Lu receives Early Career Ecologist Award

  

Chaoqun Lu, research fellow in the International Center for Climate and Global Change and the School of Forestry and Wildlife Sciences, is one of the two winners of the Early Career Ecologist Award from the Ecological Society of America (ESA).  Lu's research focuses on understanding and quantification of terrestrial ecosystem responses to multiple global changes by process-based ecosystem model development, application, and data-model assimilation.

 

In 2012, her pioneer work on reactive nitrogen enrichment and its role in carbon sequestration, greenhouse gas emission and food security in China generated a great deal of attention. According to Lu, the significant piece of this was based on a database outlining the magnitude and spatial-temporal patterns of nitrogen deposition and nitrogen fertilizer use across the whole of China. “That’s kind of the foundation,” she says.  “We can use it to estimate the consequences and cost of nitrogen enrichment.” These costs include air and water pollution as well as contributions to climate change.

 

Lu used the DLEM model, developed by Hanqin Tian and the EDGE laboratory over the last decade, to flesh out the picture of nitrogen consequences. Tian’s group spent a great deal of time and effort to be sure the model represents the terrestrial nitrogen cycling and its interaction with the carbon and water cycles, which not all climate models take into account.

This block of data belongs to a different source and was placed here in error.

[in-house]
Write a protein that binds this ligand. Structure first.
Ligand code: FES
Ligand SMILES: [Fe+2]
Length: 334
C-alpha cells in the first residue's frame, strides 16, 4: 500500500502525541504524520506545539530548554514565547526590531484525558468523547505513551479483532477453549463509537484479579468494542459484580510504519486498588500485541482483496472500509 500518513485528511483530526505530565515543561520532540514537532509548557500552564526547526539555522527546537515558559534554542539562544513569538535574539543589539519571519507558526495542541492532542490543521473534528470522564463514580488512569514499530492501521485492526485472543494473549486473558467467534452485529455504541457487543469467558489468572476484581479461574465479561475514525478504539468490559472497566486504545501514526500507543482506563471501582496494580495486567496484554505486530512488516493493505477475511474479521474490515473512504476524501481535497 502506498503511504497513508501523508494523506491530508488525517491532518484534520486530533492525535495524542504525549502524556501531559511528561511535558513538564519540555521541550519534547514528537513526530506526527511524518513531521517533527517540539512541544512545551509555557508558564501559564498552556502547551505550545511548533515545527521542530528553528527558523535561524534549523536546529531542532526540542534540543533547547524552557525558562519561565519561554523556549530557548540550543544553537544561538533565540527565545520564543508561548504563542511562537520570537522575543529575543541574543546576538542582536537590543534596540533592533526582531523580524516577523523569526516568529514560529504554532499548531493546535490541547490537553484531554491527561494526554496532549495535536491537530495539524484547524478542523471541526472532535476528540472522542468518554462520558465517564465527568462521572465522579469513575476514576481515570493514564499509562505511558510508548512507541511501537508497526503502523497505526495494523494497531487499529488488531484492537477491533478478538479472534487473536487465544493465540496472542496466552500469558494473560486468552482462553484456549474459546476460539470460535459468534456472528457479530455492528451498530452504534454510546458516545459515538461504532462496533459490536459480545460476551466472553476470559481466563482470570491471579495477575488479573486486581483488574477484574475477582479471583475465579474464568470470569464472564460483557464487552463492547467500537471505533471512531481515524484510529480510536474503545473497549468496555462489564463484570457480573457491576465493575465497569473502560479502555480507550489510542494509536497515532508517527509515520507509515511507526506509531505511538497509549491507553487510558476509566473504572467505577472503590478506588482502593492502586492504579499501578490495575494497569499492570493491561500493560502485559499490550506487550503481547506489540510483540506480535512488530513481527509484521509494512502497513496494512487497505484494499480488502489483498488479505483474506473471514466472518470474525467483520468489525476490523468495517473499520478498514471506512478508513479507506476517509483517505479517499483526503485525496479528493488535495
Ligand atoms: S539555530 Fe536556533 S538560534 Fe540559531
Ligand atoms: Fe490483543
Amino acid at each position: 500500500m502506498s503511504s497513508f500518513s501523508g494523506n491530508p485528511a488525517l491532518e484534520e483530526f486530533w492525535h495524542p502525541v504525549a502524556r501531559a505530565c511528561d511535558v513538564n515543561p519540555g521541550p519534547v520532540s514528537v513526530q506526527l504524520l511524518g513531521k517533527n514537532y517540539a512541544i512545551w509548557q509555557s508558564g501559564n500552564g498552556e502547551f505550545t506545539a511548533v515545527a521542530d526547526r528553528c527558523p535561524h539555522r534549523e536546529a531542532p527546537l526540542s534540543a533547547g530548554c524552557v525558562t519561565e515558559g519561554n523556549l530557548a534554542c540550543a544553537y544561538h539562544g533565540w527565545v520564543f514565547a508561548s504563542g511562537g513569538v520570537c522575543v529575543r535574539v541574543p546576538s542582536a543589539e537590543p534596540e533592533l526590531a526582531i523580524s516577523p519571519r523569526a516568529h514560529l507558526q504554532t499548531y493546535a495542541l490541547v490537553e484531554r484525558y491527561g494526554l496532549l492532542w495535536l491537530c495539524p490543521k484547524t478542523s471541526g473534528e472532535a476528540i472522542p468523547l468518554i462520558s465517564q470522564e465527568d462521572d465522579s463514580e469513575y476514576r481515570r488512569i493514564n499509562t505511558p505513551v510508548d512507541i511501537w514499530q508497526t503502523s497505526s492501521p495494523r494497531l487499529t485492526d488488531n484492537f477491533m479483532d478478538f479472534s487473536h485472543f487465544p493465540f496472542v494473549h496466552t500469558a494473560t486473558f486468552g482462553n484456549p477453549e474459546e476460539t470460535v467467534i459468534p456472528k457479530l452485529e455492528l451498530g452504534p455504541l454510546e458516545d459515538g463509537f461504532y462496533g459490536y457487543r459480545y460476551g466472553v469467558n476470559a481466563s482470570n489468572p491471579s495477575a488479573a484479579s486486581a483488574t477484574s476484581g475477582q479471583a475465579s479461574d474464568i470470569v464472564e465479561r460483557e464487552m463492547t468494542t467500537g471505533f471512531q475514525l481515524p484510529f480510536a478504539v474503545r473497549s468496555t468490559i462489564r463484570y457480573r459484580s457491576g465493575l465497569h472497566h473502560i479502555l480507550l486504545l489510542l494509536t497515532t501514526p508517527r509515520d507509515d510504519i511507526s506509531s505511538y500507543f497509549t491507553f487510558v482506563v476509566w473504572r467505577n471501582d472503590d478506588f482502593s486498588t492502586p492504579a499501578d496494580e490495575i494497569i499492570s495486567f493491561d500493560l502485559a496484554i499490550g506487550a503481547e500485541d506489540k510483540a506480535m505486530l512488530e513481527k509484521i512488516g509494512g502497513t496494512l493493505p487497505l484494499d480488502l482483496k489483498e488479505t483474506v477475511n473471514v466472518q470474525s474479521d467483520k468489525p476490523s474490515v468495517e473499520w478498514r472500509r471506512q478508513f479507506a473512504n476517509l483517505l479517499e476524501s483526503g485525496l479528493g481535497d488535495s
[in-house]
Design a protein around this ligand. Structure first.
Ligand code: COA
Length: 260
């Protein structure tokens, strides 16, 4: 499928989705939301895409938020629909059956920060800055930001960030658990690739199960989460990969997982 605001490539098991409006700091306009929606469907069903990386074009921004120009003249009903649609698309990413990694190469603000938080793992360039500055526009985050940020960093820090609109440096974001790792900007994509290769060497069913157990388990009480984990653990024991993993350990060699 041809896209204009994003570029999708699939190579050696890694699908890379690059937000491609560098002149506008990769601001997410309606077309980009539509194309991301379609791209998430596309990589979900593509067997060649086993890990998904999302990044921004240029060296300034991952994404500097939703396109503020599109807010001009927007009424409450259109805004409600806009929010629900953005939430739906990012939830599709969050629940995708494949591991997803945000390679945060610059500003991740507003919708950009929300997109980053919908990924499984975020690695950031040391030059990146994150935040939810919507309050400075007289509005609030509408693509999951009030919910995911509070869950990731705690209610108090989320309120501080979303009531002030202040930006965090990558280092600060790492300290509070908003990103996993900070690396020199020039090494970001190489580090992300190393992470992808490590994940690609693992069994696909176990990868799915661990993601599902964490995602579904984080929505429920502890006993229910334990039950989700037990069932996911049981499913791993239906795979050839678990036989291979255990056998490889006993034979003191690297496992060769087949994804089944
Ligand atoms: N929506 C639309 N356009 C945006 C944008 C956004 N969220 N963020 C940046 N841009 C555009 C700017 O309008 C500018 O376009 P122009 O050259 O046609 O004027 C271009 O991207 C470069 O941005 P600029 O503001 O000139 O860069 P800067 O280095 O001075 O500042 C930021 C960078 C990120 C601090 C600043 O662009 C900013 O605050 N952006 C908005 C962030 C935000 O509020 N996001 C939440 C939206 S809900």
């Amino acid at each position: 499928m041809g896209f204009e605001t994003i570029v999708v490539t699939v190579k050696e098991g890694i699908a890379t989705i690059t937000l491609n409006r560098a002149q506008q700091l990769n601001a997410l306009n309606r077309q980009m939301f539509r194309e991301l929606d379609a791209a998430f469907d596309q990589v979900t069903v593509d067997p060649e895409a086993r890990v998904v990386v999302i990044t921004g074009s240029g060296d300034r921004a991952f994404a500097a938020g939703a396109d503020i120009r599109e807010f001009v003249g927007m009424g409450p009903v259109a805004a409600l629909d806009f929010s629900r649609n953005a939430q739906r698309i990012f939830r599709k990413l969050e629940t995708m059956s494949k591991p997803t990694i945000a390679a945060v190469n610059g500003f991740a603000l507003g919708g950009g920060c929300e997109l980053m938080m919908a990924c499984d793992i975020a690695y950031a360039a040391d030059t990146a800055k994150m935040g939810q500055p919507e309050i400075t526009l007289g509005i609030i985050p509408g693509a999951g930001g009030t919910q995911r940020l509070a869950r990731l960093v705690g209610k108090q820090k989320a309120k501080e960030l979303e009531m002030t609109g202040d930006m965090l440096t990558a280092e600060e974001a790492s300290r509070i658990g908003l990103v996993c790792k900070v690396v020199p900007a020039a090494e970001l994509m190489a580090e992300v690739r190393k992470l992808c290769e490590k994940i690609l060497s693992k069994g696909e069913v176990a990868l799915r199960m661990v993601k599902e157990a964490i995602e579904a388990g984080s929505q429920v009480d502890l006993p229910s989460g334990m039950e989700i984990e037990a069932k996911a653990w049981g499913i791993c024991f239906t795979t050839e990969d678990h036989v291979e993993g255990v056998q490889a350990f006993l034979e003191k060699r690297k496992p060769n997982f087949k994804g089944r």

“The following up work is to estimate how much carbon sink is induced from atmospheric and anthropogenic nitrogen input and then we shift our focus to greenhouse gas emission. Nitrogen can stimulate plant growth and increase carbon sequestration, but also stimulates emission of nitrous oxide, a potent greenhouse gas. So there’s a dilemma in managing nitrogen,” says Lu. Her group was the first to definitively say that China has reached the tipping point – where nitrogen fertilizer use can no longer increase crop yield, but instead will stimulate warming. “It’s a very sensitive topic, I think,” she says.

 

Recently, her research in nitrogen cycling has expanded to the US, and contributed to EPA synthesis on nitrogen-climate interactions and evaluation of land-coastal linkage in the Gulf of Mexico.  Lu has published 29 peer-reviewed papers in top journals such as Global Change Biology, Global Biogeochemical Cycle, Ecological Application, Journal of Geophysical Research, and Frontier of Ecology and the Environment. The one published in Journal of Geophysical Research has been cited over 100 times.

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